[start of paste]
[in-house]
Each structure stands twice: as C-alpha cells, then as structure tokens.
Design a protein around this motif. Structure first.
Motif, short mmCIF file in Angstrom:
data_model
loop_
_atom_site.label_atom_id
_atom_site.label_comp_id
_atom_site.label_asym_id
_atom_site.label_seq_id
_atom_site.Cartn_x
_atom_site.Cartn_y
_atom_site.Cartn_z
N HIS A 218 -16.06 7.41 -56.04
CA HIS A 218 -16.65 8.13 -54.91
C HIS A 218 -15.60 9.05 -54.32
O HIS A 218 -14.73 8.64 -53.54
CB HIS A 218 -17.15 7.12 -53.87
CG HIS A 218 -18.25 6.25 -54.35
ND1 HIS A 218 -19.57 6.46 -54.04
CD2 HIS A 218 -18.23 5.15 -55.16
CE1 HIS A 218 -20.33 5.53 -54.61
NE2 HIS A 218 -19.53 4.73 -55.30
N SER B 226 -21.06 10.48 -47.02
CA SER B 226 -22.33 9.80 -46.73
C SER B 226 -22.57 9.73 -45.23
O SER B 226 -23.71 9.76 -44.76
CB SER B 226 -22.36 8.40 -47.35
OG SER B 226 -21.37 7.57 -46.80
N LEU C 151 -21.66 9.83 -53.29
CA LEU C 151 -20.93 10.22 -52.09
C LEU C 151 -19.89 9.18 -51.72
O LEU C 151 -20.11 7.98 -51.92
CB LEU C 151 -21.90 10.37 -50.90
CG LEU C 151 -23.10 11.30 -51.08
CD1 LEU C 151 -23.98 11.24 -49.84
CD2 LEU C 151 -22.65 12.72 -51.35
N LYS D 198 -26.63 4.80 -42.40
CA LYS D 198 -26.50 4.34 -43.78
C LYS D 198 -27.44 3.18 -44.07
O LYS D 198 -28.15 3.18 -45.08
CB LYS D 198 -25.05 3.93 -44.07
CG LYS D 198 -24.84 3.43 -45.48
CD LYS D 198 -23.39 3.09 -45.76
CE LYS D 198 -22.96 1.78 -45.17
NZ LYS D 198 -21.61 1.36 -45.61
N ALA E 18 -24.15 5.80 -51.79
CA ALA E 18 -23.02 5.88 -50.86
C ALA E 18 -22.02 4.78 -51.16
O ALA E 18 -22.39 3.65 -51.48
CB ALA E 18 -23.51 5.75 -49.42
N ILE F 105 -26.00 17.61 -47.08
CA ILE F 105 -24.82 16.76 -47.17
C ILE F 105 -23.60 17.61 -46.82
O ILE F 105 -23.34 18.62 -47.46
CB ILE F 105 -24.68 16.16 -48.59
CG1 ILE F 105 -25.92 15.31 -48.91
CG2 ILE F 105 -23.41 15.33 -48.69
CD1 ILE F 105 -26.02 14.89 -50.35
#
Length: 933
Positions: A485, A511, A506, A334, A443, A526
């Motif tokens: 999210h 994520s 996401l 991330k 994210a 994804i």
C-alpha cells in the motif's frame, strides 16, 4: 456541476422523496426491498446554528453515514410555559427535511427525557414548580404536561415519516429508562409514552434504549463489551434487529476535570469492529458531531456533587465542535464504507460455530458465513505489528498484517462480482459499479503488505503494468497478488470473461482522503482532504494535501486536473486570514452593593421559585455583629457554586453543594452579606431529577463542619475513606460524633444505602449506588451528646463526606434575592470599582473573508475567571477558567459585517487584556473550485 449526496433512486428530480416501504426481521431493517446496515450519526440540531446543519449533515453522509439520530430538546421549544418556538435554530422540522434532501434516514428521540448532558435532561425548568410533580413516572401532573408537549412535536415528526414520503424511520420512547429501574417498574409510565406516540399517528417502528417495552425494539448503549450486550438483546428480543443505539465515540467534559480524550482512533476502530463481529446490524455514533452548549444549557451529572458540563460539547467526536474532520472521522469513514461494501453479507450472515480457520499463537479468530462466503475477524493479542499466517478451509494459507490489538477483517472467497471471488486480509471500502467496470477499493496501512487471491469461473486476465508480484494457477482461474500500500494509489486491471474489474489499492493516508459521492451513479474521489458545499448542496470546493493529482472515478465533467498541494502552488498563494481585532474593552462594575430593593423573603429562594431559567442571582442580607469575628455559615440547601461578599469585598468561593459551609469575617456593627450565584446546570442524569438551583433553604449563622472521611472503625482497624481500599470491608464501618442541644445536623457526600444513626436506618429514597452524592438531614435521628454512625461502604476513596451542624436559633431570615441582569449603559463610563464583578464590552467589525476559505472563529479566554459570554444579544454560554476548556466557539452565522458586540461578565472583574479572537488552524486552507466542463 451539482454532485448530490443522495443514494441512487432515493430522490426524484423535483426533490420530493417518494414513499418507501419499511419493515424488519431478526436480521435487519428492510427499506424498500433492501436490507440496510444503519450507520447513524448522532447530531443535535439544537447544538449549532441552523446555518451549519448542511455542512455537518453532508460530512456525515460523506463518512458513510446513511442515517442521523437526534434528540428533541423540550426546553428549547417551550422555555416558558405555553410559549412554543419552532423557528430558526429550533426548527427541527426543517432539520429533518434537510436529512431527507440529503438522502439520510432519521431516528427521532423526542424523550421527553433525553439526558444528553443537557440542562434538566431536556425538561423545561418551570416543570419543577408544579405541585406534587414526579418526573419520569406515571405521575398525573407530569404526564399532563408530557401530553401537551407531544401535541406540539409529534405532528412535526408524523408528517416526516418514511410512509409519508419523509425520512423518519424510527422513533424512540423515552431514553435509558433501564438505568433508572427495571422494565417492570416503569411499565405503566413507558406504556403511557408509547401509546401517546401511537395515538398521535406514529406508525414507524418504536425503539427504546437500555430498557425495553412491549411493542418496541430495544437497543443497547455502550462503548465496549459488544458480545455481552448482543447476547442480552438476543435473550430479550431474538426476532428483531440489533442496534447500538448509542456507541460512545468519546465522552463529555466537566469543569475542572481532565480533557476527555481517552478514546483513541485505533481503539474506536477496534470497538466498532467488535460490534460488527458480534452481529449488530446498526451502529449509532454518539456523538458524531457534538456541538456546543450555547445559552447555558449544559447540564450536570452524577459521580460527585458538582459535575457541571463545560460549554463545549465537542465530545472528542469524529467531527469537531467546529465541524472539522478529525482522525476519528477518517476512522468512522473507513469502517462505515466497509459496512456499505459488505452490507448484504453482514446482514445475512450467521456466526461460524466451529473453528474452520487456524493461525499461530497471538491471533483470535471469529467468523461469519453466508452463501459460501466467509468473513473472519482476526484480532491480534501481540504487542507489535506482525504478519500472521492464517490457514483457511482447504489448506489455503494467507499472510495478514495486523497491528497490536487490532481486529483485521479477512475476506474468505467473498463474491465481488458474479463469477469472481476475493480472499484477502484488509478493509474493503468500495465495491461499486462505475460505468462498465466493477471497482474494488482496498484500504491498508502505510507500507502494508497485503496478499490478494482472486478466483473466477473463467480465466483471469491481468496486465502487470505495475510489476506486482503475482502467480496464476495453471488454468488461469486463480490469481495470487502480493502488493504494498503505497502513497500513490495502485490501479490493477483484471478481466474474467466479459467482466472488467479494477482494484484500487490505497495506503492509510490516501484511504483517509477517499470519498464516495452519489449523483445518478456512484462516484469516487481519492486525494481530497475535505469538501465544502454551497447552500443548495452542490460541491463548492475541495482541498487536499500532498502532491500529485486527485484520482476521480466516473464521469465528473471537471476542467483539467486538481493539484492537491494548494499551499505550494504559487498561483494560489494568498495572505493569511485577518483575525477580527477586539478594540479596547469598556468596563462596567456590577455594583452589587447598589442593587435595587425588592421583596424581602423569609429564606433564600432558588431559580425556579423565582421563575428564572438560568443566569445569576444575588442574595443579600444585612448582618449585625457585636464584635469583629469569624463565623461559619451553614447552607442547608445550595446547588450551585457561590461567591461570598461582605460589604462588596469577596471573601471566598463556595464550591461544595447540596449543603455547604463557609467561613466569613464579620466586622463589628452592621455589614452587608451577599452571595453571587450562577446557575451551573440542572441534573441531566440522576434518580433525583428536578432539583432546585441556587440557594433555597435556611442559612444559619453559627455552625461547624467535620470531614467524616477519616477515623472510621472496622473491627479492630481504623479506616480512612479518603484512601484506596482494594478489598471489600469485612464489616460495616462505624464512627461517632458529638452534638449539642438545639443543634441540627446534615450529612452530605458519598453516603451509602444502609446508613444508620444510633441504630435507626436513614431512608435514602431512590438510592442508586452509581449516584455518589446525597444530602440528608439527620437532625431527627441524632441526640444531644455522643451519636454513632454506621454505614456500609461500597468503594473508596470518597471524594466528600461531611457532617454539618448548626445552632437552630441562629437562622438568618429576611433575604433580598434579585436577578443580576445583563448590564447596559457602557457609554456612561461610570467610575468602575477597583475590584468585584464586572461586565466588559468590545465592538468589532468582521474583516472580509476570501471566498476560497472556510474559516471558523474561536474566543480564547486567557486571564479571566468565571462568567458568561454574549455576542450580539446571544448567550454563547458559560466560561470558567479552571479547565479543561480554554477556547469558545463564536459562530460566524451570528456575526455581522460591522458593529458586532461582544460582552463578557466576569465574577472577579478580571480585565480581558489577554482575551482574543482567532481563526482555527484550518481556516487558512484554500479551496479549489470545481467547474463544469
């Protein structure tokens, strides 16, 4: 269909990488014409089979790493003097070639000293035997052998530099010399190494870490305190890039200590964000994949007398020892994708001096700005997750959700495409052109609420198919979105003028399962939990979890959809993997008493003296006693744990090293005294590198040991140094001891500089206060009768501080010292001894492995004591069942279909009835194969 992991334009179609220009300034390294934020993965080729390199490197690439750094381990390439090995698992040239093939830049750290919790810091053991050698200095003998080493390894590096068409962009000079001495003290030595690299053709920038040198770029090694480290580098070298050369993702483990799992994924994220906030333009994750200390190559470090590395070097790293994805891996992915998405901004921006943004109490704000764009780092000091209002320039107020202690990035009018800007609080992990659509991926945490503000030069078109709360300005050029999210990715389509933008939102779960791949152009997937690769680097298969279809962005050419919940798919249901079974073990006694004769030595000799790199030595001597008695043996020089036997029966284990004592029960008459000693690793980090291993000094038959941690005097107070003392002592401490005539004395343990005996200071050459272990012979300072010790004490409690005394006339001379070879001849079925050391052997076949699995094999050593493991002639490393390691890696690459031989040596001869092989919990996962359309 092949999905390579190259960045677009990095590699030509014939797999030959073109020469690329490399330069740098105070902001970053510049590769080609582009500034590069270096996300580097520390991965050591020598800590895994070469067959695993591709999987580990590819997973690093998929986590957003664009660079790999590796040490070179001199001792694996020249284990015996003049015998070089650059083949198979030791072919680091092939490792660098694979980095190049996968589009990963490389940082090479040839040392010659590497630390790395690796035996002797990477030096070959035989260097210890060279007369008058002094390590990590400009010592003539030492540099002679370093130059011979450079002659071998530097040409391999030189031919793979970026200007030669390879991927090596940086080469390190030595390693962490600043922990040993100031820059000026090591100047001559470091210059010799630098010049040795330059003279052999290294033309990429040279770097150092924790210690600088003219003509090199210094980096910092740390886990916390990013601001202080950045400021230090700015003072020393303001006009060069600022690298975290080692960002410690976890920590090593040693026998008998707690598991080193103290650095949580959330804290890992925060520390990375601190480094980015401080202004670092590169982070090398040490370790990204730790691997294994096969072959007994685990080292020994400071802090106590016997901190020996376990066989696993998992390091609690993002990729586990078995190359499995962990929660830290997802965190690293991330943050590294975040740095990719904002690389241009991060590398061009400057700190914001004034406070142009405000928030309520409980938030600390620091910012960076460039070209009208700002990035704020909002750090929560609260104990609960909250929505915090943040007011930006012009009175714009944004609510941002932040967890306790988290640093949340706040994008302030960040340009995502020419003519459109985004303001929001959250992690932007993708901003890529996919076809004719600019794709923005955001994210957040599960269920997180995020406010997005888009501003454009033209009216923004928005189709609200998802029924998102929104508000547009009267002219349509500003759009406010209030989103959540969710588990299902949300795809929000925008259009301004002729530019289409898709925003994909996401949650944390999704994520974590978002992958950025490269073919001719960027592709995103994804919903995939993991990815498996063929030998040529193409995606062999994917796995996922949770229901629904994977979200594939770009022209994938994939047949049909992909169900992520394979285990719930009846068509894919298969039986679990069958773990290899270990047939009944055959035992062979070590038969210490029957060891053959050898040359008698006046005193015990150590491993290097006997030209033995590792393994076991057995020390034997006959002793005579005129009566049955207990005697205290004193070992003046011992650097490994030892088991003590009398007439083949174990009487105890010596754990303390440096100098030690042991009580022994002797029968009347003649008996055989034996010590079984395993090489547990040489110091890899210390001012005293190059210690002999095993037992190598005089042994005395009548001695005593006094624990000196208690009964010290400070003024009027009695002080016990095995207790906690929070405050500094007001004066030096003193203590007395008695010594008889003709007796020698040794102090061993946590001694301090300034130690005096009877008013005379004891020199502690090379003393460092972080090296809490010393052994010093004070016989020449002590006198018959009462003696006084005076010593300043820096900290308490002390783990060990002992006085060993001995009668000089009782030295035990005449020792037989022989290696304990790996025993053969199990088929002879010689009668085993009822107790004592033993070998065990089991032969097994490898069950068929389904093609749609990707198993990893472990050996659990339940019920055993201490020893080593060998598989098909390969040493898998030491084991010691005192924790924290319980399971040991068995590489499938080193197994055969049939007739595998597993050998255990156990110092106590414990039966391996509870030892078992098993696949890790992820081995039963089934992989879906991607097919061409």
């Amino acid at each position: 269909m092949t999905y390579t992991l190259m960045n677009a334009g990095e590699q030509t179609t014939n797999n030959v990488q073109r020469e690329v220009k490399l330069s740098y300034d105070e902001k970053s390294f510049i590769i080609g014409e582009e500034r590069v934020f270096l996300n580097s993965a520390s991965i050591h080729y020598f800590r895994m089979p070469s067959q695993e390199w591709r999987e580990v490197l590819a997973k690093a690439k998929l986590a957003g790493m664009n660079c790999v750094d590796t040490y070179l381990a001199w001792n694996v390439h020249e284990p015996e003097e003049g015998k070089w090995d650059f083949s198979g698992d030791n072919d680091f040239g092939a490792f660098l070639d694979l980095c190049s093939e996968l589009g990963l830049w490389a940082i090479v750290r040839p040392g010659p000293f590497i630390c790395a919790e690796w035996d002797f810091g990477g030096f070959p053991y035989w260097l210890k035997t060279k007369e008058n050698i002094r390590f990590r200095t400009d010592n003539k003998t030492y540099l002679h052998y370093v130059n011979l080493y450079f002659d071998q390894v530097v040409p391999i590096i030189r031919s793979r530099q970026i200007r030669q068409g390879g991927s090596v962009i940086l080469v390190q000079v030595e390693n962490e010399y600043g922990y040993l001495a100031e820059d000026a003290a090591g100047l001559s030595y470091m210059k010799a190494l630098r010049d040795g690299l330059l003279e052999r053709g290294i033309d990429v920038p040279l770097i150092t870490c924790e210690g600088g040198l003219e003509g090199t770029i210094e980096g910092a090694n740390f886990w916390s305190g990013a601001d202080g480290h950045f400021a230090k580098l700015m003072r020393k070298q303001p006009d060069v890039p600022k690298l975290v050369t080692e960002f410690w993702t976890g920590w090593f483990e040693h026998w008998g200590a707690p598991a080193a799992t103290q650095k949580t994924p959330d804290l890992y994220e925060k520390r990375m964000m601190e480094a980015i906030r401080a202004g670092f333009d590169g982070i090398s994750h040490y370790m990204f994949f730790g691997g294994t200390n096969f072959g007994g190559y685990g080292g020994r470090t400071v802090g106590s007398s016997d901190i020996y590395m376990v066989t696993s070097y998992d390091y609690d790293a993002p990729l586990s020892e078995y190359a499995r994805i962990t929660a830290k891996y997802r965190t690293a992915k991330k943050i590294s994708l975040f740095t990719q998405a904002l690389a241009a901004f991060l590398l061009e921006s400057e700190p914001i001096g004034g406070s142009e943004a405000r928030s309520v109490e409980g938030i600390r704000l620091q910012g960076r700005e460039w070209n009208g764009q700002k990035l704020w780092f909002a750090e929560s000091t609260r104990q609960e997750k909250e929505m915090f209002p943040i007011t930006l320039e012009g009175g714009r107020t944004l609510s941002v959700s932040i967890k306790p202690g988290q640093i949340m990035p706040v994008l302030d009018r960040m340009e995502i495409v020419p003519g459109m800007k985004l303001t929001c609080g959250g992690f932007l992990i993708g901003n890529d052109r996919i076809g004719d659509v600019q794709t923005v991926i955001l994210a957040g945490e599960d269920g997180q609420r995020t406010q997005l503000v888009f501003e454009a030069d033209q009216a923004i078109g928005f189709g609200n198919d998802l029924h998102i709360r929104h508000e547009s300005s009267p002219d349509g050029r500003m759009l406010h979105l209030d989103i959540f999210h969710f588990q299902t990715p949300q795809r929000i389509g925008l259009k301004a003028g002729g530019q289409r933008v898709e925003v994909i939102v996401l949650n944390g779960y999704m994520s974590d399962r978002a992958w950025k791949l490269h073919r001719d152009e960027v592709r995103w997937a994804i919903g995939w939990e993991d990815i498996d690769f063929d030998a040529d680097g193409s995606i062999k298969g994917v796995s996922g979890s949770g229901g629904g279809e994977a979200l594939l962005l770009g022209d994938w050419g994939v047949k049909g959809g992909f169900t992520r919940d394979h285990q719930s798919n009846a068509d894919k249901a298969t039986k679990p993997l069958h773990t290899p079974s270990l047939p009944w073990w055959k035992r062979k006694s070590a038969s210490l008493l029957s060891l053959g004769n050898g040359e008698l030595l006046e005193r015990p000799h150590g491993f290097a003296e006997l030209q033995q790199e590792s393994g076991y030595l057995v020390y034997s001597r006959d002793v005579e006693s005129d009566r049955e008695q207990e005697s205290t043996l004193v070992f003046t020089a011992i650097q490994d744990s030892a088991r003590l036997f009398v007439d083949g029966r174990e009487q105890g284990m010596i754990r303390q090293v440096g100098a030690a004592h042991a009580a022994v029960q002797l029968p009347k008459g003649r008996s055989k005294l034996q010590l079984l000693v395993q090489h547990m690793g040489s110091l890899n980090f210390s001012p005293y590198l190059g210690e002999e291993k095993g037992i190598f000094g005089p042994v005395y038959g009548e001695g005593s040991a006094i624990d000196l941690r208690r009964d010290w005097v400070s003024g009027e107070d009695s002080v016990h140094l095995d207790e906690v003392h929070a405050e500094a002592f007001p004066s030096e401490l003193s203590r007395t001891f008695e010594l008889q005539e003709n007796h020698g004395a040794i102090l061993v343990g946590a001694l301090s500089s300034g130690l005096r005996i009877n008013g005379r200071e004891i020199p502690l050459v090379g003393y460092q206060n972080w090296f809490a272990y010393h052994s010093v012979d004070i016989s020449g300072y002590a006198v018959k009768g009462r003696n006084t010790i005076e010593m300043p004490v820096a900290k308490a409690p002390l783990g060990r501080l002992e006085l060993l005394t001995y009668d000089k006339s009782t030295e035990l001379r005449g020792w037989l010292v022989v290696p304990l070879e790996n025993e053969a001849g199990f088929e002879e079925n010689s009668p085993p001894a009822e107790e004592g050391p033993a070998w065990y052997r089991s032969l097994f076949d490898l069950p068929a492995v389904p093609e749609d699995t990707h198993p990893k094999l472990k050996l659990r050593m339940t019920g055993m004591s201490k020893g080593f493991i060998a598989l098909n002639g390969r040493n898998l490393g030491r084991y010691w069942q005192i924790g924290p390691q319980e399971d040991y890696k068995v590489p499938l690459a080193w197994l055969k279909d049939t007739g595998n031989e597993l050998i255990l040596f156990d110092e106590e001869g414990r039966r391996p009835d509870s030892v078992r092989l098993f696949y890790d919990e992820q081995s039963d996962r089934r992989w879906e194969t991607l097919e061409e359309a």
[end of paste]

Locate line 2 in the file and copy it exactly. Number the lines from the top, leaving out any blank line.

Each structure stands twice: as C-alpha cells, then as structure tokens.